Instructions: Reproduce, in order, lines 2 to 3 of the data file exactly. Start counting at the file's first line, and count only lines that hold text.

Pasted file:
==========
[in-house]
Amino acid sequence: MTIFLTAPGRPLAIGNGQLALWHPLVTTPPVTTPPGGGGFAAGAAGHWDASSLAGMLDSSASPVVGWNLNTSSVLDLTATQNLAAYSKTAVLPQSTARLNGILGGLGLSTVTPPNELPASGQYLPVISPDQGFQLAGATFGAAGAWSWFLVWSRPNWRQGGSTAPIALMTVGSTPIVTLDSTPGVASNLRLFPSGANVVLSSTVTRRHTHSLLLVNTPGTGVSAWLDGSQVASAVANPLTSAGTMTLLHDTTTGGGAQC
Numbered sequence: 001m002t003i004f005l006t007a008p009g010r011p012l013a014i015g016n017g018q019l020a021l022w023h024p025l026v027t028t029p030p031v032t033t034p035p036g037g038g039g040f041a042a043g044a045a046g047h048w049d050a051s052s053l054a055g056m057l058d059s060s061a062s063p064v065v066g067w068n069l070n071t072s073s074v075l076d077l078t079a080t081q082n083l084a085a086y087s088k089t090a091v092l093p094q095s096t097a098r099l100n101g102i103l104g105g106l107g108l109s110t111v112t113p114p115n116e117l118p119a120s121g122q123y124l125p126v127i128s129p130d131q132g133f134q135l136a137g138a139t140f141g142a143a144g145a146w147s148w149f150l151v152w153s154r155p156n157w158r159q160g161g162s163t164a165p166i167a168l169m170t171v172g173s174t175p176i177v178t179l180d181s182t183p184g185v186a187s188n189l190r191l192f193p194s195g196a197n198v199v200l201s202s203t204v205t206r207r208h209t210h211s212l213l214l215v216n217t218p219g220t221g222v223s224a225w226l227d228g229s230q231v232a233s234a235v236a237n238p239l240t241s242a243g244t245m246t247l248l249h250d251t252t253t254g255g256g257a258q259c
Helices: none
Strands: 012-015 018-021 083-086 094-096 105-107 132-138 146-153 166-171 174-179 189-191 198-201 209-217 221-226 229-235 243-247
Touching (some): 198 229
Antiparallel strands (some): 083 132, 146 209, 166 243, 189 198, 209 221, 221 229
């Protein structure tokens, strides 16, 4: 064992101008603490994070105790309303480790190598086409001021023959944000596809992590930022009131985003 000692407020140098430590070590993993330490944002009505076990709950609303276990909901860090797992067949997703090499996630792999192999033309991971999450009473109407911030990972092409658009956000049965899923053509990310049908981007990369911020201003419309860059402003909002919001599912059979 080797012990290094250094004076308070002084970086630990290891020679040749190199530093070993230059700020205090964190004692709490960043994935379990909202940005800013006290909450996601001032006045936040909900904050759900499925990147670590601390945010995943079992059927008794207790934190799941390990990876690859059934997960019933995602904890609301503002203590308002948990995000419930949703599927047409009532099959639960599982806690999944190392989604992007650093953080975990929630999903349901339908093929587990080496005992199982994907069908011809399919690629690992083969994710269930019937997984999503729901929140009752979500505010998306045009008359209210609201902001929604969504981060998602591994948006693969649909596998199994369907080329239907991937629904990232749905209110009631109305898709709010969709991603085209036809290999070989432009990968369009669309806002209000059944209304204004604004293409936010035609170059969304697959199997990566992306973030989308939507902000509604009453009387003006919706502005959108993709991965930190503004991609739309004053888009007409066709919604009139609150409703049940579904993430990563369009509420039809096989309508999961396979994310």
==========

Amino acid sequence: MTIFLTAPGRPLAIGNGQLALWHPLVTTPPVTTPPGGGGFAAGAAGHWDASSLAGMLDSSASPVVGWNLNTSSVLDLTATQNLAAYSKTAVLPQSTARLNGILGGLGLSTVTPPNELPASGQYLPVISPDQGFQLAGATFGAAGAWSWFLVWSRPNWRQGGSTAPIALMTVGSTPIVTLDSTPGVASNLRLFPSGANVVLSSTVTRRHTHSLLLVNTPGTGVSAWLDGSQVASAVANPLTSAGTMTLLHDTTTGGGAQC
Numbered sequence: 001m002t003i004f005l006t007a008p009g010r011p012l013a014i015g016n017g018q019l020a021l022w023h024p025l026v027t028t029p030p031v032t033t034p035p036g037g038g039g040f041a042a043g044a045a046g047h048w049d050a051s052s053l054a055g056m057l058d059s060s061a062s063p064v065v066g067w068n069l070n071t072s073s074v075l076d077l078t079a080t081q082n083l084a085a086y087s088k089t090a091v092l093p094q095s096t097a098r099l100n101g102i103l104g105g106l107g108l109s110t111v112t113p114p115n116e117l118p119a120s121g122q123y124l125p126v127i128s129p130d131q132g133f134q135l136a137g138a139t140f141g142a143a144g145a146w147s148w149f150l151v152w153s154r155p156n157w158r159q160g161g162s163t164a165p166i167a168l169m170t171v172g173s174t175p176i177v178t179l180d181s182t183p184g185v186a187s188n189l190r191l192f193p194s195g196a197n198v199v200l201s202s203t204v205t206r207r208h209t210h211s212l213l214l215v216n217t218p219g220t221g222v223s224a225w226l227d228g229s230q231v232a233s234a235v236a237n238p239l240t241s242a243g244t245m246t247l248l249h250d251t252t253t254g255g256g257a258q259c